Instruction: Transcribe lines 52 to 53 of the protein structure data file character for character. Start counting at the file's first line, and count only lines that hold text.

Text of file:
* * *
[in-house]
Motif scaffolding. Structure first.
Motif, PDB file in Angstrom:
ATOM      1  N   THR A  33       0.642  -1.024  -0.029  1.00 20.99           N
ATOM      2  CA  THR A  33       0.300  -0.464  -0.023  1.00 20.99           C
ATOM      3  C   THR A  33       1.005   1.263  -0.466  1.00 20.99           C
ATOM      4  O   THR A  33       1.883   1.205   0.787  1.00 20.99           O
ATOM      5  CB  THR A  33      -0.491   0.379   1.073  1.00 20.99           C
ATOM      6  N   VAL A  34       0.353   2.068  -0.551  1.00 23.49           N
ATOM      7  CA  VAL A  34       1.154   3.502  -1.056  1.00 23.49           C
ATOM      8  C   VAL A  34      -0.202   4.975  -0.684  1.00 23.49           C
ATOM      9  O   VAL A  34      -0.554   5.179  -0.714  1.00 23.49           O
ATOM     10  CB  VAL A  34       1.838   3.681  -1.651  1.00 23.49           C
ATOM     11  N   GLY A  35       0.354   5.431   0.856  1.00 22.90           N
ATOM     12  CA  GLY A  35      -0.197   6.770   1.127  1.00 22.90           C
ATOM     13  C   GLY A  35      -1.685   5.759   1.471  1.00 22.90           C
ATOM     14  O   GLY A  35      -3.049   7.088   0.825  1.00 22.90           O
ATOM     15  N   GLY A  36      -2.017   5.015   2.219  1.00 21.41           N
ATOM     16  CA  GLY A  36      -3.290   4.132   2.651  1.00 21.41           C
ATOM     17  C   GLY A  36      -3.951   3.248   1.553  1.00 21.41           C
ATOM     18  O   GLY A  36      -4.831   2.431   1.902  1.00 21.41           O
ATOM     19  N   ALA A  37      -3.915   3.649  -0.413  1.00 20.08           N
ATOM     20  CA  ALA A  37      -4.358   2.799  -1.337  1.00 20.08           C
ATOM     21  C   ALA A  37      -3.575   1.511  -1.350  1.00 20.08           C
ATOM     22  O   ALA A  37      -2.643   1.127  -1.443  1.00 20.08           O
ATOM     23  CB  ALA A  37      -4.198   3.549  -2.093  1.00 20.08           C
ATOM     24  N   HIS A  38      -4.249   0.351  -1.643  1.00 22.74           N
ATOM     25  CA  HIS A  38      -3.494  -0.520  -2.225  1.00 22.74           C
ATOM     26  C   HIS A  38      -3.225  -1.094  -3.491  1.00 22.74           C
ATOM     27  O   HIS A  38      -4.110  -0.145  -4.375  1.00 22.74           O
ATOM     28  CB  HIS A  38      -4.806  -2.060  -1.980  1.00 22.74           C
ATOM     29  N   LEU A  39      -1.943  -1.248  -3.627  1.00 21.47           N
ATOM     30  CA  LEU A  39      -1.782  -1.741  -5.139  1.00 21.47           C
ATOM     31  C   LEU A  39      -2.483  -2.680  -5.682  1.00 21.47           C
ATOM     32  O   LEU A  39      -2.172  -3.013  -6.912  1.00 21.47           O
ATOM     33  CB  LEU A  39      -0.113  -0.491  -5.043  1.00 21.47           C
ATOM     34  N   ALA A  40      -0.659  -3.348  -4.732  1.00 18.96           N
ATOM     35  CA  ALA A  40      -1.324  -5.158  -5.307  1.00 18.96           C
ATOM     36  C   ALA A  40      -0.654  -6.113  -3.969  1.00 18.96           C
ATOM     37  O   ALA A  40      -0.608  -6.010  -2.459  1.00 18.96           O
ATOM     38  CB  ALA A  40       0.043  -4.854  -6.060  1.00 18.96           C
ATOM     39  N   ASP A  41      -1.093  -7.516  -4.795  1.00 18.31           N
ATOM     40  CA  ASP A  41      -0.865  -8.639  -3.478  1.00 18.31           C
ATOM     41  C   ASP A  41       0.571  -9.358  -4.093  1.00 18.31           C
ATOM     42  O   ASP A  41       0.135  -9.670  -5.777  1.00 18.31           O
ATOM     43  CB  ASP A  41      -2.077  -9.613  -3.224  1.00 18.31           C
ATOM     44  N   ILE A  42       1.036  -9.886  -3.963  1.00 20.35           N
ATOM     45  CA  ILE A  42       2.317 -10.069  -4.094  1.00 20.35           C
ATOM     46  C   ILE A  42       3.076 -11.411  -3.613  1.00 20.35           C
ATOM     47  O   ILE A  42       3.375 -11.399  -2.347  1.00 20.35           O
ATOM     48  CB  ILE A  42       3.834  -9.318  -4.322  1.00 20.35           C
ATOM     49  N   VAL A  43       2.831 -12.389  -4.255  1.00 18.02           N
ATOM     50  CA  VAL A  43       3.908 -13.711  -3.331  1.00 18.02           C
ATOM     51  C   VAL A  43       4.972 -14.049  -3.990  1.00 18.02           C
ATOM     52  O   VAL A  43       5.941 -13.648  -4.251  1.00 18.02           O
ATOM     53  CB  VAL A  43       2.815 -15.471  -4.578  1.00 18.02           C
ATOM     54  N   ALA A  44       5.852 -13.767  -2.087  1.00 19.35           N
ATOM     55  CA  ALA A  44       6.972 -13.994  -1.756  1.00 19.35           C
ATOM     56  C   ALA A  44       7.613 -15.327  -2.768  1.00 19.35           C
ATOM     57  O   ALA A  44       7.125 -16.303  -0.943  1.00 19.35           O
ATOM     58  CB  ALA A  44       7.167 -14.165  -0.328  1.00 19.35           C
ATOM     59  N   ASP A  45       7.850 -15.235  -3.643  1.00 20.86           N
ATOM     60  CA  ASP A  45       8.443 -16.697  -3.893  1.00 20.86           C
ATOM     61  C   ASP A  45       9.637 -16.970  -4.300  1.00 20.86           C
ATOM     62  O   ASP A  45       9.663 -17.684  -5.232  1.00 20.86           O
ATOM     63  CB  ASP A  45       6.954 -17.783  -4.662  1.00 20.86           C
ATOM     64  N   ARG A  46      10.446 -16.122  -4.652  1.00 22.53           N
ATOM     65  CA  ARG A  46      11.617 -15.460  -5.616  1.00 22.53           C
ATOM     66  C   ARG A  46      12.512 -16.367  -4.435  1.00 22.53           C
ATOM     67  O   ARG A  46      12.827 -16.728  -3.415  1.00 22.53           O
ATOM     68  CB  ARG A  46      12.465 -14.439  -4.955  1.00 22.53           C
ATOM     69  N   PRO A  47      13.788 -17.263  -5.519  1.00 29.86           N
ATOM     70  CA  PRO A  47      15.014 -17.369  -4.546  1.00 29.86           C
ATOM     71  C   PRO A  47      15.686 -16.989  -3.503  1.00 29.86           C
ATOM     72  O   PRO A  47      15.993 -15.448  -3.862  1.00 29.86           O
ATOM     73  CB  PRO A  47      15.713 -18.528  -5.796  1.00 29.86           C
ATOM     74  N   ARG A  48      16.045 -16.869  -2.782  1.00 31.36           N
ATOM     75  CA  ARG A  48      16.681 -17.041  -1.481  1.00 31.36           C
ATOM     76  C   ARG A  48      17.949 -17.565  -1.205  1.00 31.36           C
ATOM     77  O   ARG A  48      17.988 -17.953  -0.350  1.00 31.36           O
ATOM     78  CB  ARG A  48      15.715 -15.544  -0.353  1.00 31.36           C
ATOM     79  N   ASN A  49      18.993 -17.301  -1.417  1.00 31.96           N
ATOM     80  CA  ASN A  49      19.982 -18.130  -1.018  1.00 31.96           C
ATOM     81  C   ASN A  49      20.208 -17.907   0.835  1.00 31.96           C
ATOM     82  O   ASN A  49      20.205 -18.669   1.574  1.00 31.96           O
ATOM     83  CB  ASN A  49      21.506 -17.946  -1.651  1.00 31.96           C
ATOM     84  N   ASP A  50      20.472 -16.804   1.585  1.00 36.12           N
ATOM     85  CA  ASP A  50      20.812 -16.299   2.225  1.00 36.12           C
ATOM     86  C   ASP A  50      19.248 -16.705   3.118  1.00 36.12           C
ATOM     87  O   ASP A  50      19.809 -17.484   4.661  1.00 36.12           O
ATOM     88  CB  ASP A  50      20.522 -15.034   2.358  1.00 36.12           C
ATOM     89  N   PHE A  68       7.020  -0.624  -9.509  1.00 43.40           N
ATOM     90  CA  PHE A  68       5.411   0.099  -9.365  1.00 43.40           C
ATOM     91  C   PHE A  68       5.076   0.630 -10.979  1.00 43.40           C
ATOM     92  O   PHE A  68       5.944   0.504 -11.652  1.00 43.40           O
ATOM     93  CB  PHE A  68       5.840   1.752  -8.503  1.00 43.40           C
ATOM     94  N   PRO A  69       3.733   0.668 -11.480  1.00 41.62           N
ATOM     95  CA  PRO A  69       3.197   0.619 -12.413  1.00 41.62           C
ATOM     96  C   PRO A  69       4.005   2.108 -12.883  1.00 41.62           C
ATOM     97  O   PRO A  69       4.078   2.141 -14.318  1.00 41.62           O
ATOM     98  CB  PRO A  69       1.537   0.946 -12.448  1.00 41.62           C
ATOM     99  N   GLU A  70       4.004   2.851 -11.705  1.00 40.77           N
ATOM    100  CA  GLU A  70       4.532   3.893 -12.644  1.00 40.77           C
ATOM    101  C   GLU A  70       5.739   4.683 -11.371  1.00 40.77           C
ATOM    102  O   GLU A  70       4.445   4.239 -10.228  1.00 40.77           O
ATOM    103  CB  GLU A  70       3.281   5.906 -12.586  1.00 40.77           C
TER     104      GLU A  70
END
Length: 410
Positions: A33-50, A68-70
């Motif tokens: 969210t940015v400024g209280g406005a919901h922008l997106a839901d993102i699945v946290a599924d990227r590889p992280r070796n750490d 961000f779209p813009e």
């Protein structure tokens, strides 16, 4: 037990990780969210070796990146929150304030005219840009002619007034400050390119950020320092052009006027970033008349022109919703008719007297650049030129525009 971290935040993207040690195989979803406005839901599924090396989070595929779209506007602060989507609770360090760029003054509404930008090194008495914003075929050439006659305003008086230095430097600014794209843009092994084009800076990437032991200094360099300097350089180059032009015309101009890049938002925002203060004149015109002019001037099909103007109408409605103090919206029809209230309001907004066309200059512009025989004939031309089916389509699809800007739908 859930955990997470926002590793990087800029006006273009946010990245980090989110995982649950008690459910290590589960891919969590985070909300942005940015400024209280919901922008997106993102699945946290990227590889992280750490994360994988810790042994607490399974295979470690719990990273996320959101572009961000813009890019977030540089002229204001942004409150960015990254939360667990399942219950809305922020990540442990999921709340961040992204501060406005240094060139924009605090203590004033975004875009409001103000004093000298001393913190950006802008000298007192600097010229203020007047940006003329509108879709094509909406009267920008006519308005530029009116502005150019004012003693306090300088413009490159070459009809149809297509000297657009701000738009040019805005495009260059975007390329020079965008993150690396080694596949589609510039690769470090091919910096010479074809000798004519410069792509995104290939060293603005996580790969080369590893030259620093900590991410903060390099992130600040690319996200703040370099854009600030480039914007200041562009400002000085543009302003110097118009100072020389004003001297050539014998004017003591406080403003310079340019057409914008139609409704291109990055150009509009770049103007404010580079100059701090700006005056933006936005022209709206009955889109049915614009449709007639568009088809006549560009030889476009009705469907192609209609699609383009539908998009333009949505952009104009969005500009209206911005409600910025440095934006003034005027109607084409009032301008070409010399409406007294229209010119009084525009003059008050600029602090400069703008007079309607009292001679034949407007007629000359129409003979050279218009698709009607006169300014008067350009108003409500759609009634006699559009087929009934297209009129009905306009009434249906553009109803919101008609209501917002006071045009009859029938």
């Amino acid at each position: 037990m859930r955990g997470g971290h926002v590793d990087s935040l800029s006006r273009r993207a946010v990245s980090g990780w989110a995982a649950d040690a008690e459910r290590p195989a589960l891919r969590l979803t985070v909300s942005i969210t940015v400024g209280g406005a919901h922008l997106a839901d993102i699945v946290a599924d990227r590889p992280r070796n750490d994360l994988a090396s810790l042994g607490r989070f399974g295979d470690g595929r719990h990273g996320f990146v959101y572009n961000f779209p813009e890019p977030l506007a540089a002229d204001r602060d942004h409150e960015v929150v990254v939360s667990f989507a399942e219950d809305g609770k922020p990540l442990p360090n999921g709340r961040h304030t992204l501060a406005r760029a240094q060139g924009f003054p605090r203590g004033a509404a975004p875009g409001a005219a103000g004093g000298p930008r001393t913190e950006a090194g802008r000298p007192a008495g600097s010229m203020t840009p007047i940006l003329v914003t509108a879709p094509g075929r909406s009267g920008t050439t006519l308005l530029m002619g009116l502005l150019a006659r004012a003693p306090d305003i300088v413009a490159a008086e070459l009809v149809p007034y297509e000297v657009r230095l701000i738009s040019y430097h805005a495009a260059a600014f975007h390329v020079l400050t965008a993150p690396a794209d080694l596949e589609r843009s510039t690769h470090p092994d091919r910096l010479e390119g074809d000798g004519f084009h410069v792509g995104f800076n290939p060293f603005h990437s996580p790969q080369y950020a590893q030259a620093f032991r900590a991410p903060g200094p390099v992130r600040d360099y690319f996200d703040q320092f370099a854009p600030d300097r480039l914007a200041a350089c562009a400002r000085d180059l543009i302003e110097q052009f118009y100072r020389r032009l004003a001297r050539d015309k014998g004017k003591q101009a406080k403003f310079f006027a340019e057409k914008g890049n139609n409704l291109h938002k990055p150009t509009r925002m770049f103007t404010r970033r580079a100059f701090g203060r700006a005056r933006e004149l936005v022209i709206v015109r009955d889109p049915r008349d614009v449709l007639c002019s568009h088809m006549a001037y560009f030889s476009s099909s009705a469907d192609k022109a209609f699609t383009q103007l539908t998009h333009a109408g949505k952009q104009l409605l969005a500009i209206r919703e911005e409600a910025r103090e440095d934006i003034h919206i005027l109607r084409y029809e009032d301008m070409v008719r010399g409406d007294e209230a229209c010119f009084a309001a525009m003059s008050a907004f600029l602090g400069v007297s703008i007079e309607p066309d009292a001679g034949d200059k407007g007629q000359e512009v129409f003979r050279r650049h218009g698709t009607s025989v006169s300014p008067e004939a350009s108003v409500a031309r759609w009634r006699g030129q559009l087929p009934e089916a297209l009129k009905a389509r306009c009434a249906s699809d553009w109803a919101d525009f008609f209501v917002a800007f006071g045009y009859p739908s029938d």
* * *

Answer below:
ATOM     49  N   VAL A  43       2.831 -12.389  -4.255  1.00 18.02           N
ATOM     50  CA  VAL A  43       3.908 -13.711  -3.331  1.00 18.02           C